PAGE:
• The Yoghurt Mamas→ I have learned so much about the Orande Women's Group this past week and one thing that I had no idea about was the fear that some of the women have about distribution. Almost all of the Yoghurt Mamas have less than high school education and many of them have trouble looking up a client's ID # on the distribution sheets when the numbers are in order. We have been very patient with them supervising and teaching them every day.
• People ALWAYS asking me to give them or buy them yoghurt which is especially hard when they want it for their child.

Most Memorable Moments:• Playing football (yes, I don't call it soccer anymore) with a local high school boys team. Roy spoke with the coach previously about me practicing with the boys’ team and although he told me they were very excited to have me play I was soooooooooo nervous. I was the only girl, the only white person, so out of shape, and HUNDREDS OF BOYS at the high school were watching the entire practice. Agoro Sare Secondary School is an all boys boarding school where they NEVER interact with girls so having Jen, Rani, and I come there was a pretty big deal. Plus none of the boys would talk to me since they've never had a lot of interaction with females and they are all in high school and very shy.
I played with them for 3 days and LOVED it :) It was the best feeling to finally be getting a good workout and it was pouring rain everyday which was awesome. A lot of the boys showed concern for me when I stuck it out in the rain, they said some really nice things about the way I play, and they kept telling me to come back every day. We also spent a full day with the team at a tournament and made a lot of new friends.
• Children outside the kitchen using our broken water tank as a play pen and slide.
• Leaving our hotel for dinner for the first time ever. This was definitely a good decision since our new dinner place makes the BEST food with a variety of items and exceptional service unlike at our hotel. We thought it was such a big deal to leave our hotel after dark because everyone built up this fear inside us but we have never had a problem and Oyugis is very safe.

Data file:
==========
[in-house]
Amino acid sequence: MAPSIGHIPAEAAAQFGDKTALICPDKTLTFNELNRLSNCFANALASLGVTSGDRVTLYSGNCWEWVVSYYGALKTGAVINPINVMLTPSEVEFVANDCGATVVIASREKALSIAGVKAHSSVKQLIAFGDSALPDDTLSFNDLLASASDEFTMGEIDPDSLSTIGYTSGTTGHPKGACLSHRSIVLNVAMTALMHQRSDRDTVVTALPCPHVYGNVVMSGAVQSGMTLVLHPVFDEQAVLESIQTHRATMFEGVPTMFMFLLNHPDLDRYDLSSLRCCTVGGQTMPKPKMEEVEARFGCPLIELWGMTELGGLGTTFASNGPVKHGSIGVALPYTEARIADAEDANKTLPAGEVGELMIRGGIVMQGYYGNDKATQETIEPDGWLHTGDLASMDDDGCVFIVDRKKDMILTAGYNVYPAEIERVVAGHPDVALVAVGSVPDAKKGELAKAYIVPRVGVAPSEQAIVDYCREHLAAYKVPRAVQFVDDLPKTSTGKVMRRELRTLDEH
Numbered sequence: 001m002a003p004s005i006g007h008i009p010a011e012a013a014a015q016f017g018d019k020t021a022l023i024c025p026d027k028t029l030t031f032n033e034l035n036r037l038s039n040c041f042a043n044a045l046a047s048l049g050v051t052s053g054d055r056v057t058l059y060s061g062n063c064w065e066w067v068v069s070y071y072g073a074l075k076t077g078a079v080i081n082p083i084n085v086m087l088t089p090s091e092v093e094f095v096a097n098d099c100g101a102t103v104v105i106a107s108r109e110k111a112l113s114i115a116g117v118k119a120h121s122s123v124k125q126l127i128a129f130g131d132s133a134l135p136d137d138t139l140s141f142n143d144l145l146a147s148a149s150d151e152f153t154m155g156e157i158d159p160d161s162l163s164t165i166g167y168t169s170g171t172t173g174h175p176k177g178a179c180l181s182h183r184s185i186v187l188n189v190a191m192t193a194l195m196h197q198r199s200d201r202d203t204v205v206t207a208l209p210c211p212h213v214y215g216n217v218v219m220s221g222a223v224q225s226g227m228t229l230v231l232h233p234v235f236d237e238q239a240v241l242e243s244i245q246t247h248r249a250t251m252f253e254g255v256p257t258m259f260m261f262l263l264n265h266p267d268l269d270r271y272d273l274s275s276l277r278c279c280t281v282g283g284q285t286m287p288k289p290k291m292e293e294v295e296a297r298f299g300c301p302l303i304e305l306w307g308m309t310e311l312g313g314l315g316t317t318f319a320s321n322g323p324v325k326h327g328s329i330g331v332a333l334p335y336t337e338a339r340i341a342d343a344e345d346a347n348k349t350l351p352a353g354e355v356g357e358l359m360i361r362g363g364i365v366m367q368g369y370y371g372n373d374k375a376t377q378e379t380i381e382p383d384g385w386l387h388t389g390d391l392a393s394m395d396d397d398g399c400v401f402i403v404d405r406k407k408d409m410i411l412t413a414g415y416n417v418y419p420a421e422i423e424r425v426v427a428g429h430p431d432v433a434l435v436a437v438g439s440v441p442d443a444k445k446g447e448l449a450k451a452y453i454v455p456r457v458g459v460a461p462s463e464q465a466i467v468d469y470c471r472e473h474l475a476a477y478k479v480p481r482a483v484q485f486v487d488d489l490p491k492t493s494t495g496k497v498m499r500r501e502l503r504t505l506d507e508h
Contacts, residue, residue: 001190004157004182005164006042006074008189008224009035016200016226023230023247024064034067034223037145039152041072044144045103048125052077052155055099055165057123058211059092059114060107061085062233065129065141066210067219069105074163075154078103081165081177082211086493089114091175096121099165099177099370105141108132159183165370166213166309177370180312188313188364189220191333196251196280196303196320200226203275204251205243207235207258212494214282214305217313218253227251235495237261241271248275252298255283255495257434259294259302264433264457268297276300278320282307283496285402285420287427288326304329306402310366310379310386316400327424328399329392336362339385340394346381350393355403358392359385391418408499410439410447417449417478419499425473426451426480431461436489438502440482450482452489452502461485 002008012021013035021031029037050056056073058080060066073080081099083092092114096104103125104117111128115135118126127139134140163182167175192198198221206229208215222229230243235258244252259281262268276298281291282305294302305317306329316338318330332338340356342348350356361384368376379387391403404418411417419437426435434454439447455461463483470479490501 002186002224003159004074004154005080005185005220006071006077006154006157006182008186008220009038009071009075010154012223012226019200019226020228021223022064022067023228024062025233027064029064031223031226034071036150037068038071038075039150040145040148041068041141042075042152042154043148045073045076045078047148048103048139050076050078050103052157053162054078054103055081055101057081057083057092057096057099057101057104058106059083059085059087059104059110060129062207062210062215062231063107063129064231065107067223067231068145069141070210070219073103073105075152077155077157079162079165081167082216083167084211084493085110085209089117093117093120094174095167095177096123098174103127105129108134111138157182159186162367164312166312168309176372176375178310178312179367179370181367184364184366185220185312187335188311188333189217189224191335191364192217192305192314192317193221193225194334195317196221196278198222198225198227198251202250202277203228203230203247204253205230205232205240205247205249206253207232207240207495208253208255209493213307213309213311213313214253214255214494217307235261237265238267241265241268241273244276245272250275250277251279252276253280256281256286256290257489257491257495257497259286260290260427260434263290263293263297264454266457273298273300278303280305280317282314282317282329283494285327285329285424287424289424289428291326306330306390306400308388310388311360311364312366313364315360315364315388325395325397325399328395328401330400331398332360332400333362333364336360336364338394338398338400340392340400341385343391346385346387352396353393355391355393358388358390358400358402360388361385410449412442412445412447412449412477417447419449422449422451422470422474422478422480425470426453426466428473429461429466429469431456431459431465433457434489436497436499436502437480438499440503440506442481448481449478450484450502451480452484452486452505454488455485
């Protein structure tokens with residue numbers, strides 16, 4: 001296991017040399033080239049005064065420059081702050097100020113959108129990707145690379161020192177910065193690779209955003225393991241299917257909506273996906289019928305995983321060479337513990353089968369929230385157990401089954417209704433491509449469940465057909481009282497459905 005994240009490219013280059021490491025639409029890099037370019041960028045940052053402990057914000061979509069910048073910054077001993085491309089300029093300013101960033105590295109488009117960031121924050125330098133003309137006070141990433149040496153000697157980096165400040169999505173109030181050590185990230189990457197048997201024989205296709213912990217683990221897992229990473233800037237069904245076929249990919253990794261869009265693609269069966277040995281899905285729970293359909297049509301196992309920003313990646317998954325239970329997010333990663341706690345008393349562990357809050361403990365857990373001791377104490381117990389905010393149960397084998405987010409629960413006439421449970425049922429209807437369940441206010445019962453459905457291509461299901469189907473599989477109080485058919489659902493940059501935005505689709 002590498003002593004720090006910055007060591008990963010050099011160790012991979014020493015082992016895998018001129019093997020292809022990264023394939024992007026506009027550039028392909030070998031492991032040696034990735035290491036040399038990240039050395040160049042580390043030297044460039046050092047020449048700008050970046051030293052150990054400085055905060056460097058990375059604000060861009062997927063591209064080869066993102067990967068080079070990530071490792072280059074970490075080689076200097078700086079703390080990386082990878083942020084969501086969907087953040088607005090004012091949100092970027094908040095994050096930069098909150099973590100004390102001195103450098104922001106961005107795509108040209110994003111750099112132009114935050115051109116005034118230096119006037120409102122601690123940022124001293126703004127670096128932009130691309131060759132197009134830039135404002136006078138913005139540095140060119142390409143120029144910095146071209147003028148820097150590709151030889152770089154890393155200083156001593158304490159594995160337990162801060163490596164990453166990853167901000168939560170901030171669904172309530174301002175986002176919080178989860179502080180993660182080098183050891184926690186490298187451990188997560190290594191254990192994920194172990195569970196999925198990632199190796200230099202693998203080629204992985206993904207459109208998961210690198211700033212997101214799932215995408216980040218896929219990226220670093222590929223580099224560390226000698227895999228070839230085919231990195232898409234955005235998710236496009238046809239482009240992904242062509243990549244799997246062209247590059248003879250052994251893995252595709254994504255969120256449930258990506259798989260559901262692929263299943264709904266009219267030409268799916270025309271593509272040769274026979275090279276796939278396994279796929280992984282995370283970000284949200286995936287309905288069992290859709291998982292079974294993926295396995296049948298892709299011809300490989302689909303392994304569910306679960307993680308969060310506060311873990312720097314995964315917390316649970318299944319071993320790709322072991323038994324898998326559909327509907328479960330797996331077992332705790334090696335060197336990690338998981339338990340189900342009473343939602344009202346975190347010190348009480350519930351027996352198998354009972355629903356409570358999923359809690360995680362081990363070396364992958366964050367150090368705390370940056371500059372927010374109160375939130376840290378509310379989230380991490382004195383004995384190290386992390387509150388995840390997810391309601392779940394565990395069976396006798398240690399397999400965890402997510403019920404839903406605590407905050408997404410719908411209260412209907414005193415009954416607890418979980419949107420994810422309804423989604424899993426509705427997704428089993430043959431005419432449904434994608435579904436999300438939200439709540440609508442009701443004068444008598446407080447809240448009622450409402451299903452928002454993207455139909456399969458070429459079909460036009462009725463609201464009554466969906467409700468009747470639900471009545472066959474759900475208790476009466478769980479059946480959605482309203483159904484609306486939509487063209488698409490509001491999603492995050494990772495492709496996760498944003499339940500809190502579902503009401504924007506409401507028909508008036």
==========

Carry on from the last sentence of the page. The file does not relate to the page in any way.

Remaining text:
• Stargazing behind our hotel :)
• Teaching Sachabea (our 8 yr old neighbour who isn't in school) some English phrases and math.
• News travels very fast in Oyugis which is why we must be very careful with our actions all the time because we get a ridiculous amount of attention. We were very happy when a friend told us that people in Oyugis like us because they have noticed that we try to blend in with the local culture and live like they do. I absolutely hate seeing tourists around because we are not tourists (we live here!) and sometimes I think they act so disrespectful and only solidify the stereotypes that Kenyans have about us.
• Jen and I trekking through the market with bicycles on a Tuesday (market day)!!! This was a disaster and pretty embarrassing and will never happen again. It is impossible to move around with people, food, and clothes everywhere!
• Speaking to one of the Yoghurt Mamas about her life. She shared with me how her mother passed away when she was very young, she was sold by her aunt to her current husband, has 6 children and would not like to have any more.

Life in Kenya:• Being Mzungus (white)→ we get asked to sponsor someone every single day...I only wish people could understand our situation as students in debt when we return to Canada. My boda boda (bicycle taxi) driver even asked me to sponsor him so he could buy a motorbike!
o We are ALWAYS offered a chair to sit on...we usually sit on the ground to show them that we are NOT superior to blacks and DO NOT deserve better treatment.
o They think we are very fragile beings→ bruises, always sick, sunburns, etc.
o People call us fat...YUP! I have gotten this comment about 3 times now and it’s hilarious.
o "H1N1! Swine flu!" being yelled at us after some UK students were quarantined in Kisumu (2 hours from Oyugis) and were all over the news.
o A hospital staff volunteer asking to be my Mom's maid and if I eat snail.
• Electricity and food are luxuries for many people in Oyugis
• The market→ the one thing I don't really understand is why everyone sells the exact same thing right beside each other...I'm not sure if this is some sort of regulation or their own choice but I find it very weird with no differentiation, excess supply, and very little demand.
• Corruption is EVERYWHERE!
• Children grow up learning to ask for money and food from Mzungus and to take things for free without earning it through hard work. One of the saddest things I have seen has been around the yoghurt kitchen where very young children scavenge through our garbage bin for empty yoghurt packets to drink. I always tell them "THI! THI!" (meaning GO!) because I am so worried about them getting sick or contracting a disease.
• Every little thing is entertainment since many people have nothing to do.
• Families of 6 and 7 are very common.

Quotes and memories:• All of our friends here say that I'm the loudest out of the 3 interns...I'm sure my family and friends back in Canada are laughing about this one.
•"I am almost the small dairy God" - Roy...because he is!